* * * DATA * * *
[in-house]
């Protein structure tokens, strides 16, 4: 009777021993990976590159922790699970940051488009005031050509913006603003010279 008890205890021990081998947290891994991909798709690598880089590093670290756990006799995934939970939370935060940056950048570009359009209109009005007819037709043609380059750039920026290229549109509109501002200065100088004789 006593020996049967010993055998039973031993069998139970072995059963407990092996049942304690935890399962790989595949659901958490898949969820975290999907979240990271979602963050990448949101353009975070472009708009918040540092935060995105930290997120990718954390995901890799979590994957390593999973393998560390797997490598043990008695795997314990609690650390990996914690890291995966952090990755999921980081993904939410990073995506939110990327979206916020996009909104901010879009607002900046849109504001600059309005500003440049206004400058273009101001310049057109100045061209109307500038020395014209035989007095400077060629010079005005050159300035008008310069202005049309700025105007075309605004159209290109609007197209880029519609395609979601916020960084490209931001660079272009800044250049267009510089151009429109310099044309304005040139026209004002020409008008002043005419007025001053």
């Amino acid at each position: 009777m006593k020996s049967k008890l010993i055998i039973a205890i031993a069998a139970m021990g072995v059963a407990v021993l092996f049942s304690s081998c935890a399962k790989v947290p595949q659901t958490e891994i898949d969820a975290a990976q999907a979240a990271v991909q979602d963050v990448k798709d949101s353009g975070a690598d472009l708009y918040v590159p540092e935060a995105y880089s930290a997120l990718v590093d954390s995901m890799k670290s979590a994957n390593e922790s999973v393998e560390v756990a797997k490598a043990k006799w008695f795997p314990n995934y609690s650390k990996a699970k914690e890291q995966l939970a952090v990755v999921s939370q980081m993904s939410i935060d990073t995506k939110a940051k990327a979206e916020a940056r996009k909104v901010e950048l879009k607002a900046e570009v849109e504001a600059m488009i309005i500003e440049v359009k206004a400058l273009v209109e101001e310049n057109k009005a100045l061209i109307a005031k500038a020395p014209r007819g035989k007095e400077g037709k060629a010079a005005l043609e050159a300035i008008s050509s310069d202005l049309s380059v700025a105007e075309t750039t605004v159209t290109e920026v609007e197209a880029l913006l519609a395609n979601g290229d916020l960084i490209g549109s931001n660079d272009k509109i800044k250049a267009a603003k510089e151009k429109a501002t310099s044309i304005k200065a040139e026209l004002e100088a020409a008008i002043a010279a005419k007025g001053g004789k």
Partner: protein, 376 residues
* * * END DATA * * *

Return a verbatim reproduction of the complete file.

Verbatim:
[in-house]
């Protein structure tokens, strides 16, 4: 009777021993990976590159922790699970940051488009005031050509913006603003010279 008890205890021990081998947290891994991909798709690598880089590093670290756990006799995934939970939370935060940056950048570009359009209109009005007819037709043609380059750039920026290229549109509109501002200065100088004789 006593020996049967010993055998039973031993069998139970072995059963407990092996049942304690935890399962790989595949659901958490898949969820975290999907979240990271979602963050990448949101353009975070472009708009918040540092935060995105930290997120990718954390995901890799979590994957390593999973393998560390797997490598043990008695795997314990609690650390990996914690890291995966952090990755999921980081993904939410990073995506939110990327979206916020996009909104901010879009607002900046849109504001600059309005500003440049206004400058273009101001310049057109100045061209109307500038020395014209035989007095400077060629010079005005050159300035008008310069202005049309700025105007075309605004159209290109609007197209880029519609395609979601916020960084490209931001660079272009800044250049267009510089151009429109310099044309304005040139026209004002020409008008002043005419007025001053």
């Amino acid at each position: 009777m006593k020996s049967k008890l010993i055998i039973a205890i031993a069998a139970m021990g072995v059963a407990v021993l092996f049942s304690s081998c935890a399962k790989v947290p595949q659901t958490e891994i898949d969820a975290a990976q999907a979240a990271v991909q979602d963050v990448k798709d949101s353009g975070a690598d472009l708009y918040v590159p540092e935060a995105y880089s930290a997120l990718v590093d954390s995901m890799k670290s979590a994957n390593e922790s999973v393998e560390v756990a797997k490598a043990k006799w008695f795997p314990n995934y609690s650390k990996a699970k914690e890291q995966l939970a952090v990755v999921s939370q980081m993904s939410i935060d990073t995506k939110a940051k990327a979206e916020a940056r996009k909104v901010e950048l879009k607002a900046e570009v849109e504001a600059m488009i309005i500003e440049v359009k206004a400058l273009v209109e101001e310049n057109k009005a100045l061209i109307a005031k500038a020395p014209r007819g035989k007095e400077g037709k060629a010079a005005l043609e050159a300035i008008s050509s310069d202005l049309s380059v700025a105007e075309t750039t605004v159209t290109e920026v609007e197209a880029l913006l519609a395609n979601g290229d916020l960084i490209g549109s931001n660079d272009k509109i800044k250049a267009a603003k510089e151009k429109a501002t310099s044309i304005k200065a040139e026209l004002e100088a020409a008008i002043a010279a005419k007025g001053g004789k």
Partner: protein, 376 residues